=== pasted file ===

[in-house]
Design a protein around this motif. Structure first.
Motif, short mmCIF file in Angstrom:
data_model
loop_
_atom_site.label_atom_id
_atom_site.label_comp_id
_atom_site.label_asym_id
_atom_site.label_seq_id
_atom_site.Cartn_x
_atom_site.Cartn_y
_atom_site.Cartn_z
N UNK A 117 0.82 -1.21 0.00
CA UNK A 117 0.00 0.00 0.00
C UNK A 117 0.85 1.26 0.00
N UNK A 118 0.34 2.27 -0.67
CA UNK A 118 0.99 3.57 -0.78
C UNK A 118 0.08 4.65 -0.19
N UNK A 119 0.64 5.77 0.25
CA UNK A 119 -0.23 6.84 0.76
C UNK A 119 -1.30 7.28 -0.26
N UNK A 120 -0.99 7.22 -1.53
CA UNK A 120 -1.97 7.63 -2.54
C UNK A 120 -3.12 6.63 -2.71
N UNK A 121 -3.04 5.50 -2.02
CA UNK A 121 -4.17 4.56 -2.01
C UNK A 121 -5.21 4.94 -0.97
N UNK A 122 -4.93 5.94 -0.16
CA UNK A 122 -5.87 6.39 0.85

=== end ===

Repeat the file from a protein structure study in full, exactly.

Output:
[in-house]
Design a protein around this motif. Structure first.
Motif, short mmCIF file in Angstrom:
data_model
loop_
_atom_site.label_atom_id
_atom_site.label_comp_id
_atom_site.label_asym_id
_atom_site.label_seq_id
_atom_site.Cartn_x
_atom_site.Cartn_y
_atom_site.Cartn_z
N UNK A 117 0.82 -1.21 0.00
CA UNK A 117 0.00 0.00 0.00
C UNK A 117 0.85 1.26 0.00
N UNK A 118 0.34 2.27 -0.67
CA UNK A 118 0.99 3.57 -0.78
C UNK A 118 0.08 4.65 -0.19
N UNK A 119 0.64 5.77 0.25
CA UNK A 119 -0.23 6.84 0.76
C UNK A 119 -1.30 7.28 -0.26
N UNK A 120 -0.99 7.22 -1.53
CA UNK A 120 -1.97 7.63 -2.54
C UNK A 120 -3.12 6.63 -2.71
N UNK A 121 -3.04 5.50 -2.02
CA UNK A 121 -4.17 4.56 -2.01
C UNK A 121 -5.21 4.94 -0.97
N UNK A 122 -4.93 5.94 -0.16
CA UNK A 122 -5.87 6.39 0.85